The Daily Decrypt is a daily weekday video broadcast covering a wide variety of cryptocurrency and blockchain technology topics and news stories. At CORE Media we’ve found the broadcast to be an invaluable and entertaining resource in cryptocurrency news and provide a weekly summary of The Daily Decrypt episodes. Welcome to the Weekly Decrypt!
Smart contracts, pieces of code living on a blockchain that execute automatically upon the presence of pre-specified parameters, are all the rage amongst cryptocurrency enthusiasts these days thanks in large part to Ethereum which boasts smart contracts as one of its major selling points.
Amanda had been interested in deploying a smart contract to refund a portion of Daily Decrypt sponsorship fees to sponsors if the episode in which the sponsor is featured had not reached an adequate number of views within a specified time period. She posted to the Ethereum subreddit inquiring about how this might be made possible. A smart contract company picked up the request and built her a smart contract to fulfill her needs as a means of testing and displaying their smart contract capabilities.
The smart contract was to monitor the view counts of Daily Decrypt videos and send a 25% refund to sponsors if 2000 views had not been achieved within 7 days of the video being posted. Using this smart contract, however, proved to be cumbersome and expensive and ultimately not worth the time, effort and money.
In order to access and utilize the smart contract, Amanda had to download and run the Ethereum browser/wallet known as Mist which contains a full copy of the Ethereum blockchain. Perhaps because of the blockchain’s size or bandwidth requirements, Mist crashed Amanda’s computer repeatedly. They had to run it on her partner’s more powerful computer in order to get it working.
Once Mist was running, Amanda had to find the smart contract. Upon finding it, it became apparent to her that this smart contract had to have taken hours and hours to code. If she’d had to pay the company to write the smart contract, it would have rendered the entire plan unaffordable, to begin with.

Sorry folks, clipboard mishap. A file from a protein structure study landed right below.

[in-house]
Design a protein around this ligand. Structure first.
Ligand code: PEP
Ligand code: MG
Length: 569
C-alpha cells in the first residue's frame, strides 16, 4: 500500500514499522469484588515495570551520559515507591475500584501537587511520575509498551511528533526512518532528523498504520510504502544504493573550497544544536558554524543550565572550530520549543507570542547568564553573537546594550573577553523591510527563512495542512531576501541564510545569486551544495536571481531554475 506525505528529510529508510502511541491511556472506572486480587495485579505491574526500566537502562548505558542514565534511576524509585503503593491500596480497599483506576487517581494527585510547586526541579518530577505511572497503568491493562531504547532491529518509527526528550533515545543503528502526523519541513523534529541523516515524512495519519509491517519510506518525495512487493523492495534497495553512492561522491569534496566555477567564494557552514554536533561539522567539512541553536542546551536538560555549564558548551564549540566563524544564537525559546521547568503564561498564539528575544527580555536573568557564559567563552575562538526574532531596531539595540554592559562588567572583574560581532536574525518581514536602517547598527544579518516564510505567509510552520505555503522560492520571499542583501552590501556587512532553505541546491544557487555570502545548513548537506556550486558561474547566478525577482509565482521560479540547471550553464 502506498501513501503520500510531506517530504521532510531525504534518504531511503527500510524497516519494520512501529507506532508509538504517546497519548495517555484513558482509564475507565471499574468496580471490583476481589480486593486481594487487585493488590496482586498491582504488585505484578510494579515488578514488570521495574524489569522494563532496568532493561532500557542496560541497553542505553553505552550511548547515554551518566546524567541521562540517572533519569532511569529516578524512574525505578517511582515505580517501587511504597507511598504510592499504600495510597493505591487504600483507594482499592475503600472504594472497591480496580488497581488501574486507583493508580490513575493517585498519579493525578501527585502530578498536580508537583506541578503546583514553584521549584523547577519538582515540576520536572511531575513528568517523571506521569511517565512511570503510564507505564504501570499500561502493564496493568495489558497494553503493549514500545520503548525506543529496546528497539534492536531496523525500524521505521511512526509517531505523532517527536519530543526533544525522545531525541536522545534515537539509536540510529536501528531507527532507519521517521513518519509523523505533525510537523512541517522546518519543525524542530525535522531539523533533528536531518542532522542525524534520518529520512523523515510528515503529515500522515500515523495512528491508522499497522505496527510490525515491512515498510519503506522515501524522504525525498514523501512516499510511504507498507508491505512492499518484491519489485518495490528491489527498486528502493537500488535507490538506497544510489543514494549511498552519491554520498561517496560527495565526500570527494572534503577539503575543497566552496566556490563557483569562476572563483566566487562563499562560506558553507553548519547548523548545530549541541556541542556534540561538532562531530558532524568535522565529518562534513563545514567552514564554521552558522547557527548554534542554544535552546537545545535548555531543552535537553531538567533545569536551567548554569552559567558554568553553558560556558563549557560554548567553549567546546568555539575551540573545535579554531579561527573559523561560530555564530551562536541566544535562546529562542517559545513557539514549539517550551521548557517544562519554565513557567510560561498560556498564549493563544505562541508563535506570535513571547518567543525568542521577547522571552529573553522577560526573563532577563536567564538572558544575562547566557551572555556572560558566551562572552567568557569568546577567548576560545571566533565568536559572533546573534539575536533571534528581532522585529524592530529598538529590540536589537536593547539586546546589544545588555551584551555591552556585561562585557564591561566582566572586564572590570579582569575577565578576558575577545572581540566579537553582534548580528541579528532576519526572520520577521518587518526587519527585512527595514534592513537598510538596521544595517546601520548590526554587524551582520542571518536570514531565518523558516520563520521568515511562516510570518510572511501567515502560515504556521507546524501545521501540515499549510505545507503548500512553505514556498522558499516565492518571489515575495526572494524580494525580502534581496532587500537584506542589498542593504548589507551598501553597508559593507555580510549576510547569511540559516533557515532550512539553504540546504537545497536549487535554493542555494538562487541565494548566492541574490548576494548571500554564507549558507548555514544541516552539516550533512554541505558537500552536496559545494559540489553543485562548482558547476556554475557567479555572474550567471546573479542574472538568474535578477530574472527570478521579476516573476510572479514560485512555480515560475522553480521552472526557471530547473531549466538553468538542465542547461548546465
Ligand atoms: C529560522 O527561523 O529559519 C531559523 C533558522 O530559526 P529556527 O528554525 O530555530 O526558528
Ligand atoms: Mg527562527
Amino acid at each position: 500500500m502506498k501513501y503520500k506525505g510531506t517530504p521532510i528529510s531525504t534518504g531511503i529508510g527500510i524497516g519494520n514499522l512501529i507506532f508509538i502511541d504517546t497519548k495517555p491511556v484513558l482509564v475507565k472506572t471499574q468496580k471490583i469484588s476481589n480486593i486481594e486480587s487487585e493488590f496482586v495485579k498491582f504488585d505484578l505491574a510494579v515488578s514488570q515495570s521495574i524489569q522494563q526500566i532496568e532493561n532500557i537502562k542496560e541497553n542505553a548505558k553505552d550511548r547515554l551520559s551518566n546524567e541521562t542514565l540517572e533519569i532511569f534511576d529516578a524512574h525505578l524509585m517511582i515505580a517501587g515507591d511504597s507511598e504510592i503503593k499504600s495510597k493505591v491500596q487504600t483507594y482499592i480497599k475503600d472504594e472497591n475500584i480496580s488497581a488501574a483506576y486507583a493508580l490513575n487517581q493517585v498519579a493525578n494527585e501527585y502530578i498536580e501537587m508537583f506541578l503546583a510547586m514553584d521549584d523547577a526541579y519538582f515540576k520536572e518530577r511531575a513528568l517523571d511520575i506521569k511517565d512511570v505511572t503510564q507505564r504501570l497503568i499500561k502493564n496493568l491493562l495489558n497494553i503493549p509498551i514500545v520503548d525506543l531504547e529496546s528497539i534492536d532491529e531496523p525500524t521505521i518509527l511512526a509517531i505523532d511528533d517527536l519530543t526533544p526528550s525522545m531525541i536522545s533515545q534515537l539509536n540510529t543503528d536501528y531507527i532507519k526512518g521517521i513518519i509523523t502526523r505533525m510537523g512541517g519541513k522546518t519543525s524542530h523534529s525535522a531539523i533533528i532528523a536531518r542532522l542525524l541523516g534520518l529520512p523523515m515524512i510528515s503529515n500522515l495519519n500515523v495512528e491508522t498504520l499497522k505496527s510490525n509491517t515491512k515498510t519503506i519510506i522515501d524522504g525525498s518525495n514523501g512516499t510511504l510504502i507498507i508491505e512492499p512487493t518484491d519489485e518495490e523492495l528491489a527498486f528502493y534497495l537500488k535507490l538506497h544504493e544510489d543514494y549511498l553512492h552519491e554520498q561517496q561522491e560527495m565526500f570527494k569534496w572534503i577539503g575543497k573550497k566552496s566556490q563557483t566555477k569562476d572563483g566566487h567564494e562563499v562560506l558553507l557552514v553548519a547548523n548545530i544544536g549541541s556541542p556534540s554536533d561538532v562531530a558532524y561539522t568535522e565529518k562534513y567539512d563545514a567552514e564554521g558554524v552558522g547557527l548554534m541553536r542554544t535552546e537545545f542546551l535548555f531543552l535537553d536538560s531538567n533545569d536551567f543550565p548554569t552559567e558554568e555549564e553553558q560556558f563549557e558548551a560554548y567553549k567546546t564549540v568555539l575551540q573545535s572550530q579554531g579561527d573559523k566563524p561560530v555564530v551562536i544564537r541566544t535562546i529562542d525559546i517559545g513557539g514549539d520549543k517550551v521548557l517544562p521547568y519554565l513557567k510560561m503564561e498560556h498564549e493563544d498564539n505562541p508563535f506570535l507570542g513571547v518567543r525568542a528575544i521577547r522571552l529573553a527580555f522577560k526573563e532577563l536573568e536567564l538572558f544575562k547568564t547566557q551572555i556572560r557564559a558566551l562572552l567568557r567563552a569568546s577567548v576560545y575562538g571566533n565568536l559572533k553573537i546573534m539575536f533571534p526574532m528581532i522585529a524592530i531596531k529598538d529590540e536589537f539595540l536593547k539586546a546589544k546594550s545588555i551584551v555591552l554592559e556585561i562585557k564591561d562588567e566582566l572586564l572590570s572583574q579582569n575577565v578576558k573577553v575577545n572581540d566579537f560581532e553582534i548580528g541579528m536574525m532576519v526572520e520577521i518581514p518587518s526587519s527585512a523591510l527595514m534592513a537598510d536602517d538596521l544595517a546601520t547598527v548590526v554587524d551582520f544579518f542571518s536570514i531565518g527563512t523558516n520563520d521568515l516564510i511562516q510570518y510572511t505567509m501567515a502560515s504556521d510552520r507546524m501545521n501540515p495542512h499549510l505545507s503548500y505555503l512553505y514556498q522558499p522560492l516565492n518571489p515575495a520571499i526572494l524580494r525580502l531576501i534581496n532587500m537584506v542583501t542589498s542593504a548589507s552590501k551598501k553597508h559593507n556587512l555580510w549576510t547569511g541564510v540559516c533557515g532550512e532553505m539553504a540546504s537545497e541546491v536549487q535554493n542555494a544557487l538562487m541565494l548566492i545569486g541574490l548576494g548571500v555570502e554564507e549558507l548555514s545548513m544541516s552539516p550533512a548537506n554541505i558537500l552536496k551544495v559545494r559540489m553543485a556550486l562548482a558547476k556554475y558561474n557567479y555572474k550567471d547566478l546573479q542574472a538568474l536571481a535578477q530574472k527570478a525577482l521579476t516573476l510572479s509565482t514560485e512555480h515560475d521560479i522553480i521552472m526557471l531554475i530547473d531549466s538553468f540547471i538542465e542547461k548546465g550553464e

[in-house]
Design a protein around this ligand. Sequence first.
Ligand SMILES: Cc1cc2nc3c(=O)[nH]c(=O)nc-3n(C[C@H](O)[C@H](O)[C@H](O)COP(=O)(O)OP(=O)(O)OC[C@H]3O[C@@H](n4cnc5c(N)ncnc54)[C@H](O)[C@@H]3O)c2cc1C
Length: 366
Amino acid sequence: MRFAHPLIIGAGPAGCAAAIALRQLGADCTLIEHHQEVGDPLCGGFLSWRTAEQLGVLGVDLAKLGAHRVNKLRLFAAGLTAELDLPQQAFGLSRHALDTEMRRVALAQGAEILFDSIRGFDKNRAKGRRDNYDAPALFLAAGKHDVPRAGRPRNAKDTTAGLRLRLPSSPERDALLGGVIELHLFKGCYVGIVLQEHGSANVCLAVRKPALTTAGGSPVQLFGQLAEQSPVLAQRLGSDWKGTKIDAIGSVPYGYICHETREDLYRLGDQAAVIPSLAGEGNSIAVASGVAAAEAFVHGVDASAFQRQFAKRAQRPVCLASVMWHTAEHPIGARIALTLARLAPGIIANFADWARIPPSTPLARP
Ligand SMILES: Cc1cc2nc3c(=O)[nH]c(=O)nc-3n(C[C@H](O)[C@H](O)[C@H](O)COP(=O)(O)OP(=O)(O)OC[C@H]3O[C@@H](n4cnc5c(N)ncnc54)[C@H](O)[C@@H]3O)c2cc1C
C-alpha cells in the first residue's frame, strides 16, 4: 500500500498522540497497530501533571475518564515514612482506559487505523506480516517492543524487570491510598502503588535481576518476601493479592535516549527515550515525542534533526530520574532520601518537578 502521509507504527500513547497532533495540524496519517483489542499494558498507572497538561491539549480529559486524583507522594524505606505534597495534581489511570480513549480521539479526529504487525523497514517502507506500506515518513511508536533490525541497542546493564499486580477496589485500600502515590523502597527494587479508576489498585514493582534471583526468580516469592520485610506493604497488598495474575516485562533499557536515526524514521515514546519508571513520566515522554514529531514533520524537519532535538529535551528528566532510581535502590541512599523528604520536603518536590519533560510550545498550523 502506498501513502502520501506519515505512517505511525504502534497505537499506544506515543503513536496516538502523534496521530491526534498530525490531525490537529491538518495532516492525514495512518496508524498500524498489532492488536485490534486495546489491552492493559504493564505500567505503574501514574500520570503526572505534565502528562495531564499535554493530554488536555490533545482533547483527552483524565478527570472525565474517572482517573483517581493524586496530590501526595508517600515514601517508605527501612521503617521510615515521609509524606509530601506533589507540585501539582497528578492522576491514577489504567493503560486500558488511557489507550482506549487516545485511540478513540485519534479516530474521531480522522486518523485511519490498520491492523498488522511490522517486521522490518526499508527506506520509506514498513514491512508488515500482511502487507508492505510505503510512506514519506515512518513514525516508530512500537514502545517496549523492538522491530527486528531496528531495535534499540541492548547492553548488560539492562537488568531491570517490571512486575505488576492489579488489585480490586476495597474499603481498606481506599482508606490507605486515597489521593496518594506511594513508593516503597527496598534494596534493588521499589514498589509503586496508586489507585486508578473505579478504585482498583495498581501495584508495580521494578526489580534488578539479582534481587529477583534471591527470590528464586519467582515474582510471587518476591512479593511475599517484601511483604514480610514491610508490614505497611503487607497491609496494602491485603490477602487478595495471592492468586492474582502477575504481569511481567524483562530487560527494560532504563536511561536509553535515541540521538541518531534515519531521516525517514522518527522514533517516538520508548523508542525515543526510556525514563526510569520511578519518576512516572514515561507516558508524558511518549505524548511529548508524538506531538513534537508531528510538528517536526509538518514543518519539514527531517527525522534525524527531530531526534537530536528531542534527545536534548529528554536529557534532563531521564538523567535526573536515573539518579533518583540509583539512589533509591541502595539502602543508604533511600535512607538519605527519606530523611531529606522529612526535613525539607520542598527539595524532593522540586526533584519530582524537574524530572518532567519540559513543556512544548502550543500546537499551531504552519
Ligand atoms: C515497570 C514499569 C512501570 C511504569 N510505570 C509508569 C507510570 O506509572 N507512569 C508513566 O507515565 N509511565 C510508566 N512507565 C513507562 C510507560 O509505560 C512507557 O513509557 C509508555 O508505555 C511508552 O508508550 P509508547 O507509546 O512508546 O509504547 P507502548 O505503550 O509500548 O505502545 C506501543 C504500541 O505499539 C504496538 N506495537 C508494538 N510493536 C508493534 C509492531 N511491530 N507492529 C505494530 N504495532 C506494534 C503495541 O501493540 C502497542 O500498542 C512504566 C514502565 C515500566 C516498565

Amanda proceeded to set up the smart contract with the desired parameters and, when finished, the smart contract generated a payment address to which her sponsor should send funds. Setting up the smart contract required that Amanda pay Ethereum transaction fees, a fee to the smart contract company and the general fee required by any inflationary cryptocurrency continually creating new coins.
After going through this process, Amanda realized that The Daily Decrypt does not need a smart contract in order to refund its sponsors if viewership does not reach desirable levels. Humans have a tendency to choose solutions that are the cheapest, fastest and easiest and smart contracts at this stage for this type of application are far from the cheapest, fastest and easiest solution. They are a bit like doing backflips to get from point A to point B instead of simply walking. Smart contracts are fun and cool to talk and think about, but for most applications, they are unlikely to be the most desirable solution.
For this episode, Amanda sat down for a chat with MMA superstar Jon Fitch who has gained notoriety amongst cryptocurrency fans after agreeing to accept sponsorships from cryptocurrency projects such as NautilusCoin and HYPER and cryptocurrency companies like BitcoinDirect.